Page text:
And then came the Silver Age, when Stan Lee and Marvel Comics added a little something extra: “…and if you don’t, the cosmos will find a way to punish you.”

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Sent too soon: So basically I guess what I’m saying is, I don’t agree with you on that point. :)

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This is the same reason I have problems with lots of gore in superhero comics. You’re dealing with characters who can defy the laws of physics (even Batman, because let’s face it, the laws of physics are scared of him), Wonder Woman can bounce bullets off her wrist bracers without suffering any knockback or shattered bones, Superman can lift up a plane and not just one part of it, etc.- realistically bones should be snapping and viscera flying every time these people get in a scrap, but to do it selectively just confuses everything.

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One of the Six Remaining People, reporting for duty.

Actually, no, wait, I don’t count, since I only knew that the Teen Titans existed because of the cartoon. Okay never mind.

(P.S. Roy Harper was okay in that too. Nothing special, but he was sort of fun and very gay for Aqualad).

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I mean, seriously. “Let’s see how much we can fuck up Spider-Man’s/Arsenal’s life today.” That’s not the kind of thing I read comics for. It’s not entertaining to me.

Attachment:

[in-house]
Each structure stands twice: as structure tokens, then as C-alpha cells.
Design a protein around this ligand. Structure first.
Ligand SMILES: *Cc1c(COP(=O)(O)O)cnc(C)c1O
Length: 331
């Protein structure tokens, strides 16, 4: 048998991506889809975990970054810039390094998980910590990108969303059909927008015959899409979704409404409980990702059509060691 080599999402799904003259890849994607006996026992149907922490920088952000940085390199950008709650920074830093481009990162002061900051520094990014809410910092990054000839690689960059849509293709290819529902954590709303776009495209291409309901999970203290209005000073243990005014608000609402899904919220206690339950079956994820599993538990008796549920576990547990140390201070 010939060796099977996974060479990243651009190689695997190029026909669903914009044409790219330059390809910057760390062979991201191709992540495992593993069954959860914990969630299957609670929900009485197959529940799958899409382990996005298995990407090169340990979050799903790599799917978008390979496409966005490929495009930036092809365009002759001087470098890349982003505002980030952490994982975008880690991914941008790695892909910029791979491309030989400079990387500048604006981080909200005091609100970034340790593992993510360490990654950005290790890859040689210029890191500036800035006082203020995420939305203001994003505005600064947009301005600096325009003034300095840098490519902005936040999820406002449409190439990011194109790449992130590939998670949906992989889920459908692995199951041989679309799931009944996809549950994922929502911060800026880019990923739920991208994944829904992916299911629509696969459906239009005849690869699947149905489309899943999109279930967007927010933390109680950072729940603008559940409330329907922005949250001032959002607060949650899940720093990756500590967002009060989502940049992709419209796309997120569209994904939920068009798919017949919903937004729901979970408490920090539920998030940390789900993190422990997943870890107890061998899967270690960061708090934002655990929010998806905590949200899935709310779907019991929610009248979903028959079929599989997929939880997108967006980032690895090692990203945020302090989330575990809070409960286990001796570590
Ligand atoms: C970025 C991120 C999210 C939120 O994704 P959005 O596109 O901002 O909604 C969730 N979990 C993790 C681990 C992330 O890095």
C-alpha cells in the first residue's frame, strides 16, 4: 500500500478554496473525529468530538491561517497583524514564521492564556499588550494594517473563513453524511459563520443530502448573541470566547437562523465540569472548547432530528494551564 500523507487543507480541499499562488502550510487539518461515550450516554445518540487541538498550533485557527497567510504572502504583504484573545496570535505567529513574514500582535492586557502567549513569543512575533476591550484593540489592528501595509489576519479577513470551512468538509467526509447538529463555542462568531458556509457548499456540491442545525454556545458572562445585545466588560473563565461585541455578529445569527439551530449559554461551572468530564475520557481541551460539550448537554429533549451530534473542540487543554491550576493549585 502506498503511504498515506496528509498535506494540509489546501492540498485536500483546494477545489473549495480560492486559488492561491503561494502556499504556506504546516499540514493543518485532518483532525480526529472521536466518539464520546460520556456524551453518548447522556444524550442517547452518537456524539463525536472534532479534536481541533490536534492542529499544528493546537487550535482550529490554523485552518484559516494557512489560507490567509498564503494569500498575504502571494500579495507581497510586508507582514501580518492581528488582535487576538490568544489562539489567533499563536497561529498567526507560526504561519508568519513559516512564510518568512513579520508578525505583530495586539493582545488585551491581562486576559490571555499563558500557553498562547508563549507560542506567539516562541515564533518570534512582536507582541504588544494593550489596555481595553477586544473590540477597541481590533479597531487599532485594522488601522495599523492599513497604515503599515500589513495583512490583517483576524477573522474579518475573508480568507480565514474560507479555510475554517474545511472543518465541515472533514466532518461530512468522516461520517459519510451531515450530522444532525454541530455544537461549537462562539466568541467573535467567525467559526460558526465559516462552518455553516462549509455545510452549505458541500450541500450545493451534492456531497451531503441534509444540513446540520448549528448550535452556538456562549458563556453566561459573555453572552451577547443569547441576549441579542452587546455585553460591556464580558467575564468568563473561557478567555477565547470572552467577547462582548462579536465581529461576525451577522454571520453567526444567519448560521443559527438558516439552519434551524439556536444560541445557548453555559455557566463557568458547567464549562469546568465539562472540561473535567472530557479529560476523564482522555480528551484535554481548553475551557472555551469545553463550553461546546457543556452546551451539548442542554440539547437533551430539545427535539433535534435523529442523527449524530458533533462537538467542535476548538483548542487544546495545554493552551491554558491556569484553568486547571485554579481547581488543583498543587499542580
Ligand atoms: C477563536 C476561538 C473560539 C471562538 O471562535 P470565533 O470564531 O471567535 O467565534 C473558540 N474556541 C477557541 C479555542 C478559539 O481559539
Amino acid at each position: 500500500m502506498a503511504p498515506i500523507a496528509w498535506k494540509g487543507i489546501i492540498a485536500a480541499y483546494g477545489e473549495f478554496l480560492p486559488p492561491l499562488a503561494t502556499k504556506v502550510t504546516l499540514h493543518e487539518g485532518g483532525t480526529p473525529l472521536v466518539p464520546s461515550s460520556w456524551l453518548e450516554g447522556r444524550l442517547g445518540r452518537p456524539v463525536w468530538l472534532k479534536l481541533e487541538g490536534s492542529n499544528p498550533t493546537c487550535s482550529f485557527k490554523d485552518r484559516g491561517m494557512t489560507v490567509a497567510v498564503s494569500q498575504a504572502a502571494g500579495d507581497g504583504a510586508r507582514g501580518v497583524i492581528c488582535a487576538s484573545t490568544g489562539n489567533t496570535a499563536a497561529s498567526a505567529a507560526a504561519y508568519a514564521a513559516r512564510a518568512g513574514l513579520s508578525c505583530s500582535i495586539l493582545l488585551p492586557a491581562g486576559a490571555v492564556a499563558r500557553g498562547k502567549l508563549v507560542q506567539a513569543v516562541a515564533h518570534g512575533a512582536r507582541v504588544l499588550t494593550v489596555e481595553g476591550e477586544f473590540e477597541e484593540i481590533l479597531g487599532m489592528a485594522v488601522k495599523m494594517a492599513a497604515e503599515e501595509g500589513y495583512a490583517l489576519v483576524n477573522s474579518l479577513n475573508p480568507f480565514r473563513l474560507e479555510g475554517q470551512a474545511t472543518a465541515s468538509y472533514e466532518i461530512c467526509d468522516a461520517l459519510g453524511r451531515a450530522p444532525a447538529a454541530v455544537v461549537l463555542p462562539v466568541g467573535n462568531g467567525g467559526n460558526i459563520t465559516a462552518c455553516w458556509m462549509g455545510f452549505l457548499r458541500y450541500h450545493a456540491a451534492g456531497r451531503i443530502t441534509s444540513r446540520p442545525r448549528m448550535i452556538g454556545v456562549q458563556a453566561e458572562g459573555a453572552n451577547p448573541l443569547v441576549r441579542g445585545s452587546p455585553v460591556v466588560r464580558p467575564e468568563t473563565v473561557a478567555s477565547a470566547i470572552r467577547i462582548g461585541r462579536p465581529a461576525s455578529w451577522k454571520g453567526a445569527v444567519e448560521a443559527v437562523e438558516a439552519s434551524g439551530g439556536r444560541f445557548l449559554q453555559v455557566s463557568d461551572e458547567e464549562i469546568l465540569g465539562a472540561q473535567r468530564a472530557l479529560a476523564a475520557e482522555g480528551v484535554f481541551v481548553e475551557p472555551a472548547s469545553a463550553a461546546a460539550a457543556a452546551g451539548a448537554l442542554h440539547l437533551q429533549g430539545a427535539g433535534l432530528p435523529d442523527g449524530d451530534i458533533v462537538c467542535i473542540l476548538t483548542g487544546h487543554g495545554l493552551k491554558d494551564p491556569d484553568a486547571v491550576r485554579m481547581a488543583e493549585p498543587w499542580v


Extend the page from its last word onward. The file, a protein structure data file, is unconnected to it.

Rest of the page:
Before I get into this, like MGK, I was a DC Fanboy growing up. Hell, I even liked Roy Harper for some reason.

The difference is, Clone Saga aside, they never tried to ruin Spiderman’s life by ripping his arm off, killing his kid, having him take drugs and getting in the face of every superhero he knows. The “classic” Spiderman story never gets that Grand Guignol. His life never actually gets “ruined” it just gets more and more crap piled on top of it.

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Norman Rafferty said on May 5th, 2010 at 11:15 am

Amen. The #1 thing that keeps me from being a hardcore DC fan is that recurring self-consciousness. Talking about how stupid superheroes are while alternately revelling in their stupidity.

Titles like Preacher and Hitman only re-inforce this. The schizophrenia in DC is maddening. Why can’t comics simply be comics?